Family Relationships That Work: Building Healthy Harmony

Published July 28, 2021
Family mixing cookie dough at home

Raising a healthy family can be overwhelming in today's world. You want your kids to have life experiences, and you also want to protect them from harm. Add to that any unexpected stressors and it can seem even more difficult to keep your family unit thriving and close-knit. Having healthy family relationships doesn't mean that there are no problems, but rather that family members can work together to overcome their issues. Learn what the dimensions of a healthy family are and what you can do to strengthen your family bond.

Dimensions of a Healthy Family

Research has shed light on the three general components that are needed to constitute a healthy family. Each of the components focuses on a different need a family has: functioning day-to-day, strong relationships, and the health of each family member.

Family Functioning

In order for basic needs to be met, there are different functions that have to occur. These include providing food, shelter and education for the children. Other instrumental needs include decision-making, managing finances, and maintaining discipline.

Interpersonal Relationships

The component of interpersonal relationships includes being there for each other and having positive interactions and strong bonds. A healthy family communicates about problems rather than sweeping them under the rug, and works on solutions and/or provides emotional support. In turn, through strong communication, the family is aware of each member's needs and provides support while also respecting boundaries.

Dad and kid under a colorful blanket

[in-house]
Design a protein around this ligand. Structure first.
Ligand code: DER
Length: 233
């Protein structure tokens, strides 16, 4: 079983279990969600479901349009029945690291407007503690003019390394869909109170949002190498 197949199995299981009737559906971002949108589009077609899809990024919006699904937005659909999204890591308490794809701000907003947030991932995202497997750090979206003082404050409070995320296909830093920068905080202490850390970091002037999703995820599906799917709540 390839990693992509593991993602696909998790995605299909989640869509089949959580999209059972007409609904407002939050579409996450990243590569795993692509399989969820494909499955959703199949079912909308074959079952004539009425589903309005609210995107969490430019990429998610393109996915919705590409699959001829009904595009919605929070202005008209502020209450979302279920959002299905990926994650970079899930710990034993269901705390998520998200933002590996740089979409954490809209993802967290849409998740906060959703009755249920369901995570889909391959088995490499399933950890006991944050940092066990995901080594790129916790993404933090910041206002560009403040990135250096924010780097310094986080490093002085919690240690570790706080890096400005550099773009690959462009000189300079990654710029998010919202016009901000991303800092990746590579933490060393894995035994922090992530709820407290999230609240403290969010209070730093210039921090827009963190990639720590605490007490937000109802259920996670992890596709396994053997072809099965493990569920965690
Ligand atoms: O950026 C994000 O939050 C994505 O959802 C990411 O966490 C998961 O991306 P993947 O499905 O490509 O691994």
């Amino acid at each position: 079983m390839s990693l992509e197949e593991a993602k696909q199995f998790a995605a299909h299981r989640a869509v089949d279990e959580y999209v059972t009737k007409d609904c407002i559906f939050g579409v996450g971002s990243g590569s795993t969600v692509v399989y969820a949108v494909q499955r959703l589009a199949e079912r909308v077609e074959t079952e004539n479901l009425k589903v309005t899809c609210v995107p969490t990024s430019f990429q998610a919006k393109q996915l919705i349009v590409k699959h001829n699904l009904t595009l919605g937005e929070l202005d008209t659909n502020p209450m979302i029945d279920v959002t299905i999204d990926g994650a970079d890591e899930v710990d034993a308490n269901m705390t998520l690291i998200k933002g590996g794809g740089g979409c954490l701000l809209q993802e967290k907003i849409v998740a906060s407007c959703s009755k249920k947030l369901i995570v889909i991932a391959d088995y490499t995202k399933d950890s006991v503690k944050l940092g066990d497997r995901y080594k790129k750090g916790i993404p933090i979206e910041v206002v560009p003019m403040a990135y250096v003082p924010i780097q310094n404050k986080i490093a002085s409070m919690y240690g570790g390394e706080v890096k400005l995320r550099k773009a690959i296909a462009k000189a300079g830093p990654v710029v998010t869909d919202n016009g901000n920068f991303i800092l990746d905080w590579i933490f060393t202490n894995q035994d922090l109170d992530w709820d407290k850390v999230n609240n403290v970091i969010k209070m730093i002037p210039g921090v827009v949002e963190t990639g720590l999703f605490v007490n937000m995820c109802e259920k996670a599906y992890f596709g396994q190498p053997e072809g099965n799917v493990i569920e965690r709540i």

Healthy Lifestyle Behaviors

Healthy lifestyle behaviors include those that foster the physical, mental, emotional and spiritual health of each family member. This includes healthy diet, exercise, healthy expression of emotion, and having a sense of purpose. Spiritual health does not have to mean strongly emphasizing religion. It can also mean having clear family values and being true to those values.

Strategies for a Healthy Family

With competing demands on your time, trying to have all three components for your family can seem overwhelming. Fortunately, there are specific things you can do to integrate these components into your family's routine.

Function as a Team

Spending some time to plan the instrumental can pay back dividends in productivity and create more time for fun. For example, you can:

  • Establish family roles - decide who will be responsible for laundry, cooking, managing finances and the like.
  • Focus not so much on equality, but equity. It may not make sense for you and your spouse to take turns cooking if one is a whiz at it; but you can still work as a team with the other, taking care of the dishes afterward. Or, the organized one can manage finances while home repairs are the other's purview.
  • Delegate age-appropriate responsibilities to your kids.
  • Establish family rules and consequences for breaking them.
  • Be on the same page with discipline and utilize authoritative parenting.
  • Allocate time to evaluate how well the structure is working and make necessary adjustments.
Multi-generation family holding hands

Foster Closeness

The world is going to bring you and your family all types of challenges, disappointments and grief. That is why it is important for your family to be a haven for each of you to take shelter from whatever storm you are experiencing. To bring your family closer together: